Mayor, City Solicitor to Testify in Support of Local Control of BPD
Thursday Feb 11th, 2021
FOR IMMEDIATE RELEASE
BALTIMORE, MD (Thursday, February 11, 2021) — Today, Mayor Brandon M. Scott and City Solicitor Jim Shea will testify before the Senate Judicial Proceedings Committee in support of legislation that would restore local control of the Baltimore Police Department, currently a state agency. The Mayor has been among the advocates and community leaders who have lobbied for this change for nearly a decade in Annapolis.
SB0786/HB1027, sponsored by Senator Cory McCray (D45-Baltimore City) and Delegate Melissa Wells (D40-Baltimore City) at the request of the Mayor, would establish BPD as an agency and instrumentality of the City of Baltimore, instead of the State. The legislation would also establish a community-driven advisory board, which would guide the transition from state to local control. Once passed, the measure will appear on the ballot as a Charter Amendment for final approval by the voters.
“Baltimore City is the only jurisdiction in Maryland that does not directly oversee its police department,” said Mayor Brandon M. Scott. “The ability to set policies and provide oversight locally will enable us to truly transform the BPD and fulfill consent decree requirements. With increasing calls for police accountability, now more than ever, Baltimore City must regain the authority to oversee its police department.”
“We are encouraged by the Mayor’s commitment to bringing this question of local control to the ballot in 2022 and ensuring more community participation in the Advisory Board. Local control of BPD is about racial justice, police accountability, representative democracy and self-determination for the people of Baltimore. Implementing local control and ensuring robust community participation is essential for building bridges of trust between this administration, Baltimore’s Black communities and Baltimore City residents as a whole,” said Rob Ferrell of Organizing Black and member of the Campaign for Justice, Safety and Jobs coalition.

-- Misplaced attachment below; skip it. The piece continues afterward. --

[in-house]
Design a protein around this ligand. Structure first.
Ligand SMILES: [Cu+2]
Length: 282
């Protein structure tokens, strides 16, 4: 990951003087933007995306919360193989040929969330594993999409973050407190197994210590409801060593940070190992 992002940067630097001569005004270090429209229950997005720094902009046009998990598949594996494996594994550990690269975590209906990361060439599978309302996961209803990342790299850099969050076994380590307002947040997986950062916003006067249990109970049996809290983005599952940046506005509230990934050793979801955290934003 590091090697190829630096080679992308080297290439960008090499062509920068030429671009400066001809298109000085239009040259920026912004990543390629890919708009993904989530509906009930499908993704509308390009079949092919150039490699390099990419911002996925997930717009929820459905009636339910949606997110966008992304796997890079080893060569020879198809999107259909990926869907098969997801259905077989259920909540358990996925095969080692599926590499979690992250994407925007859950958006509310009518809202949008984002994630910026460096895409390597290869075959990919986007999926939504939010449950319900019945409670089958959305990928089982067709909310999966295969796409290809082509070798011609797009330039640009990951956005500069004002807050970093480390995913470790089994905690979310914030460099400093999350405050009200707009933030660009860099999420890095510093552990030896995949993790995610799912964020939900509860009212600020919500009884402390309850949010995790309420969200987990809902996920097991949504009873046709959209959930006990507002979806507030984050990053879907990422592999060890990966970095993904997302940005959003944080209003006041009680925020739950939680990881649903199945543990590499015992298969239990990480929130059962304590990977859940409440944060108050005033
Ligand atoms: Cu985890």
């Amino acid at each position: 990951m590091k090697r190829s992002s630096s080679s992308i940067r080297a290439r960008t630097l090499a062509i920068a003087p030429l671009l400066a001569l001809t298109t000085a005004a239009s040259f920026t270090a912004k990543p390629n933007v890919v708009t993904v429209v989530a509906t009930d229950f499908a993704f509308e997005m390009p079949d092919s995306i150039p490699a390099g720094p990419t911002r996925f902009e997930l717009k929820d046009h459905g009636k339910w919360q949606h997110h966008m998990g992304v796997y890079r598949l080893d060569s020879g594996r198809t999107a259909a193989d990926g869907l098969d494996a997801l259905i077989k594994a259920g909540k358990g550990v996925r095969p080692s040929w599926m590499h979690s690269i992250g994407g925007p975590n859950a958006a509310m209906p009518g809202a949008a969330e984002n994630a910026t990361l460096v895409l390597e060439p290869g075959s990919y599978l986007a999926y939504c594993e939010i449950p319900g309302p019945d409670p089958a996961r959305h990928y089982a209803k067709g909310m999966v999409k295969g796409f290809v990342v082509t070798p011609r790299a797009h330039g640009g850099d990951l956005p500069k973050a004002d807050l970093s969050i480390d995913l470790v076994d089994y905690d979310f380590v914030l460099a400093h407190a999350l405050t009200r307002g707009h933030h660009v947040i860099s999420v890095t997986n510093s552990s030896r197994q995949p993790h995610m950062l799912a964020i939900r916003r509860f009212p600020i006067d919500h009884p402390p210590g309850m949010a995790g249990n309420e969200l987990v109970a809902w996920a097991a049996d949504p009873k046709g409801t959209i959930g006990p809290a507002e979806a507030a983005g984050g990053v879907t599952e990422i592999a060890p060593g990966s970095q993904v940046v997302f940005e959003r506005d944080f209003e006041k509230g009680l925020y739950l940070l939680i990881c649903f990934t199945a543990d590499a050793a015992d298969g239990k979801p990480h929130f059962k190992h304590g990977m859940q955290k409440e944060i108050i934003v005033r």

State control dates back over one hundred years to 1860, when the Maryland State Legislature declared the Baltimore Police Department a state agency. Transferring control of the BPD to Baltimore City would enable City residents and local elected officials to set policies and provide oversight, rather than having to advocate for reform through state representatives. This change would align Baltimore City with comparable jurisdictions in the state.
“I thank the sponsors for their support and look forward to working closely with the coalition of advocates to improve the bill with amendments that reflect a shorter implementation timeline and increased community collaboration,” continued Mayor Scott.